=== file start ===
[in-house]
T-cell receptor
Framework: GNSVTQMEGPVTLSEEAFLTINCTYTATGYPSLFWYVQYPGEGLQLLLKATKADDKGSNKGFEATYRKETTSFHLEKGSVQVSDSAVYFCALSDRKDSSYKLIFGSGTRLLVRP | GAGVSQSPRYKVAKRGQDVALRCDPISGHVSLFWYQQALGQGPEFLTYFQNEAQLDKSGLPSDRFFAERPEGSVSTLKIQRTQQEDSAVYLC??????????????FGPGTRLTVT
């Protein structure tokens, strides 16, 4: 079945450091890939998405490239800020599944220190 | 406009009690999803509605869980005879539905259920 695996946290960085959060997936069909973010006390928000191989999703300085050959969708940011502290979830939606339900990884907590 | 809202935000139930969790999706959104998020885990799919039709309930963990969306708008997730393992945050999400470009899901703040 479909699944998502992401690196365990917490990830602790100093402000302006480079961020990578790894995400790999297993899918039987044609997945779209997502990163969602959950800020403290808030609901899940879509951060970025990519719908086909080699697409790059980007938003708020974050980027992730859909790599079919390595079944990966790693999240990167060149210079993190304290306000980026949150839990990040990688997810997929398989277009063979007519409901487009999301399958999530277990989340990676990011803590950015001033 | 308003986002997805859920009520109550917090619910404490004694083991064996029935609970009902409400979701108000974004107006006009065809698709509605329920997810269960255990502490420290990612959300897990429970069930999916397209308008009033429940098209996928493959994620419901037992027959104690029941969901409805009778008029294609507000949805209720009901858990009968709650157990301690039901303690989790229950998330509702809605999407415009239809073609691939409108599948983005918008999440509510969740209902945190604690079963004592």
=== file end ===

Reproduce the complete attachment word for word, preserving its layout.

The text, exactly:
[in-house]
T-cell receptor
Framework: GNSVTQMEGPVTLSEEAFLTINCTYTATGYPSLFWYVQYPGEGLQLLLKATKADDKGSNKGFEATYRKETTSFHLEKGSVQVSDSAVYFCALSDRKDSSYKLIFGSGTRLLVRP | GAGVSQSPRYKVAKRGQDVALRCDPISGHVSLFWYQQALGQGPEFLTYFQNEAQLDKSGLPSDRFFAERPEGSVSTLKIQRTQQEDSAVYLC??????????????FGPGTRLTVT
């Protein structure tokens, strides 16, 4: 079945450091890939998405490239800020599944220190 | 406009009690999803509605869980005879539905259920 695996946290960085959060997936069909973010006390928000191989999703300085050959969708940011502290979830939606339900990884907590 | 809202935000139930969790999706959104998020885990799919039709309930963990969306708008997730393992945050999400470009899901703040 479909699944998502992401690196365990917490990830602790100093402000302006480079961020990578790894995400790999297993899918039987044609997945779209997502990163969602959950800020403290808030609901899940879509951060970025990519719908086909080699697409790059980007938003708020974050980027992730859909790599079919390595079944990966790693999240990167060149210079993190304290306000980026949150839990990040990688997810997929398989277009063979007519409901487009999301399958999530277990989340990676990011803590950015001033 | 308003986002997805859920009520109550917090619910404490004694083991064996029935609970009902409400979701108000974004107006006009065809698709509605329920997810269960255990502490420290990612959300897990429970069930999916397209308008009033429940098209996928493959994620419901037992027959104690029941969901409805009778008029294609507000949805209720009901858990009968709650157990301690039901303690989790229950998330509702809605999407415009239809073609691939409108599948983005918008999440509510969740209902945190604690079963004592």